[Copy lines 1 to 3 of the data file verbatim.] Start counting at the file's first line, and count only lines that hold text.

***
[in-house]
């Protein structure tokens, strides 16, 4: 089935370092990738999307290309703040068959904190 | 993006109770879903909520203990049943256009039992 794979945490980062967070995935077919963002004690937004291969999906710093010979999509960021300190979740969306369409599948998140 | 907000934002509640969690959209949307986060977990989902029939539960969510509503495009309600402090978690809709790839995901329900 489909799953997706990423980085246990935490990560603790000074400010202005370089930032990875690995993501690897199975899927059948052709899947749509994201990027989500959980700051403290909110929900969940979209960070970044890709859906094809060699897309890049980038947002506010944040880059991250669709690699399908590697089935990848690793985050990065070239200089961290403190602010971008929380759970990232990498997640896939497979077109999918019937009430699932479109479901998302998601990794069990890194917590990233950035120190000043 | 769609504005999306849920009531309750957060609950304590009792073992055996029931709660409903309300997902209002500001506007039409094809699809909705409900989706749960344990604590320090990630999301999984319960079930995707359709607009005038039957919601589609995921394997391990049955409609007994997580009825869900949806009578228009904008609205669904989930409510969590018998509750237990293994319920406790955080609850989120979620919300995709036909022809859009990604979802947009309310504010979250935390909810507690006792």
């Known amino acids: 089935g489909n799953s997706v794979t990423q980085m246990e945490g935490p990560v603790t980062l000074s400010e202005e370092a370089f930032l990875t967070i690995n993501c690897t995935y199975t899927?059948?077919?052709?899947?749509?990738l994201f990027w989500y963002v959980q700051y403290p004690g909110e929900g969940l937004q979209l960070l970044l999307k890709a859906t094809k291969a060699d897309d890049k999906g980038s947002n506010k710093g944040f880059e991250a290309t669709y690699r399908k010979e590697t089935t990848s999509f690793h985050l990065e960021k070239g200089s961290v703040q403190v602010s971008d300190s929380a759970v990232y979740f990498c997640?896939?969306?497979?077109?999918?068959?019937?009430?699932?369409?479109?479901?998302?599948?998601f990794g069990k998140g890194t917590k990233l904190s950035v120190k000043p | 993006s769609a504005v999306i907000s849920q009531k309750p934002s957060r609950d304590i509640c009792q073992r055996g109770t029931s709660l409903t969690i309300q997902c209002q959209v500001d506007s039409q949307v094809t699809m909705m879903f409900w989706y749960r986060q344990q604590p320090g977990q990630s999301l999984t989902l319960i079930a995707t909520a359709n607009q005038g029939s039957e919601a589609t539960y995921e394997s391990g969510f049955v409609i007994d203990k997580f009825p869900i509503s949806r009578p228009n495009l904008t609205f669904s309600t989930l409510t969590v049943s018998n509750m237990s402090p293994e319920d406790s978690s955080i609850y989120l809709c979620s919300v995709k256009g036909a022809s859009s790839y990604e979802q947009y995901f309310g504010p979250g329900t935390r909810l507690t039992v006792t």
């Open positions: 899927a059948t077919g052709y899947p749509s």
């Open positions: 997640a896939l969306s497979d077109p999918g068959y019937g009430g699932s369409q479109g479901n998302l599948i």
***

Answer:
[in-house]
């Protein structure tokens, strides 16, 4: 089935370092990738999307290309703040068959904190 | 993006109770879903909520203990049943256009039992 794979945490980062967070995935077919963002004690937004291969999906710093010979999509960021300190979740969306369409599948998140 | 907000934002509640969690959209949307986060977990989902029939539960969510509503495009309600402090978690809709790839995901329900 489909799953997706990423980085246990935490990560603790000074400010202005370089930032990875690995993501690897199975899927059948052709899947749509994201990027989500959980700051403290909110929900969940979209960070970044890709859906094809060699897309890049980038947002506010944040880059991250669709690699399908590697089935990848690793985050990065070239200089961290403190602010971008929380759970990232990498997640896939497979077109999918019937009430699932479109479901998302998601990794069990890194917590990233950035120190000043 | 769609504005999306849920009531309750957060609950304590009792073992055996029931709660409903309300997902209002500001506007039409094809699809909705409900989706749960344990604590320090990630999301999984319960079930995707359709607009005038039957919601589609995921394997391990049955409609007994997580009825869900949806009578228009904008609205669904989930409510969590018998509750237990293994319920406790955080609850989120979620919300995709036909022809859009990604979802947009309310504010979250935390909810507690006792």
């Known amino acids: 089935g489909n799953s997706v794979t990423q980085m246990e945490g935490p990560v603790t980062l000074s400010e202005e370092a370089f930032l990875t967070i690995n993501c690897t995935y199975t899927?059948?077919?052709?899947?749509?990738l994201f990027w989500y963002v959980q700051y403290p004690g909110e929900g969940l937004q979209l960070l970044l999307k890709a859906t094809k291969a060699d897309d890049k999906g980038s947002n506010k710093g944040f880059e991250a290309t669709y690699r399908k010979e590697t089935t990848s999509f690793h985050l990065e960021k070239g200089s961290v703040q403190v602010s971008d300190s929380a759970v990232y979740f990498c997640?896939?969306?497979?077109?999918?068959?019937?009430?699932?369409?479109?479901?998302?599948?998601f990794g069990k998140g890194t917590k990233l904190s950035v120190k000043p | 993006s769609a504005v999306i907000s849920q009531k309750p934002s957060r609950d304590i509640c009792q073992r055996g109770t029931s709660l409903t969690i309300q997902c209002q959209v500001d506007s039409q949307v094809t699809m909705m879903f409900w989706y749960r986060q344990q604590p320090g977990q990630s999301l999984t989902l319960i079930a995707t909520a359709n607009q005038g029939s039957e919601a589609t539960y995921e394997s391990g969510f049955v409609i007994d203990k997580f009825p869900i509503s949806r009578p228009n495009l904008t609205f669904s309600t989930l409510t969590v049943s018998n509750m237990s402090p293994e319920d406790s978690s955080i609850y989120l809709c979620s919300v995709k256009g036909a022809s859009s790839y990604e979802q947009y995901f309310g504010p979250g329900t935390r909810l507690t039992v006792t």